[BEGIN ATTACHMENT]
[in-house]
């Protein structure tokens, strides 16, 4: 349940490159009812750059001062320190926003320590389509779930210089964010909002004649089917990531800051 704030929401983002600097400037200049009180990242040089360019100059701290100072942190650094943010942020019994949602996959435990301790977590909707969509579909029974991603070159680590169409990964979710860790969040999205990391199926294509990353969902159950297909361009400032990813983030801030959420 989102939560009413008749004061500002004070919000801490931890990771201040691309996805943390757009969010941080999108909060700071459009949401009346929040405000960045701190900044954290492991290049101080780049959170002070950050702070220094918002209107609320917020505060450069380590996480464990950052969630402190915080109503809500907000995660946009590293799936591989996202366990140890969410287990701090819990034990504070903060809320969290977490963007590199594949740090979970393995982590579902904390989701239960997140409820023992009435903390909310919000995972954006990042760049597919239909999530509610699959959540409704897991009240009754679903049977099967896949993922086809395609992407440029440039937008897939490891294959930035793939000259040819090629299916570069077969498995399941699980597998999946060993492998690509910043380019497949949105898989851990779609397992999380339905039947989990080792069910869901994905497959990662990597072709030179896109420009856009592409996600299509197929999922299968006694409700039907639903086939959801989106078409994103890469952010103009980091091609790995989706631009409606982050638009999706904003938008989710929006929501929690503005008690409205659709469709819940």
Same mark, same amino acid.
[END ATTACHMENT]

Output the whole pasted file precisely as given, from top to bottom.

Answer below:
[in-house]
């Protein structure tokens, strides 16, 4: 349940490159009812750059001062320190926003320590389509779930210089964010909002004649089917990531800051 704030929401983002600097400037200049009180990242040089360019100059701290100072942190650094943010942020019994949602996959435990301790977590909707969509579909029974991603070159680590169409990964979710860790969040999205990391199926294509990353969902159950297909361009400032990813983030801030959420 989102939560009413008749004061500002004070919000801490931890990771201040691309996805943390757009969010941080999108909060700071459009949401009346929040405000960045701190900044954290492991290049101080780049959170002070950050702070220094918002209107609320917020505060450069380590996480464990950052969630402190915080109503809500907000995660946009590293799936591989996202366990140890969410287990701090819990034990504070903060809320969290977490963007590199594949740090979970393995982590579902904390989701239960997140409820023992009435903390909310919000995972954006990042760049597919239909999530509610699959959540409704897991009240009754679903049977099967896949993922086809395609992407440029440039937008897939490891294959930035793939000259040819090629299916570069077969498995399941699980597998999946060993492998690509910043380019497949949105898989851990779609397992999380339905039947989990080792069910869901994905497959990662990597072709030179896109420009856009592409996600299509197929999922299968006694409700039907639903086939959801989106078409994103890469952010103009980091091609790995989706631009409606982050638009999706904003938008989710929006929501929690503005008690409205659709469709819940």
Same mark, same amino acid.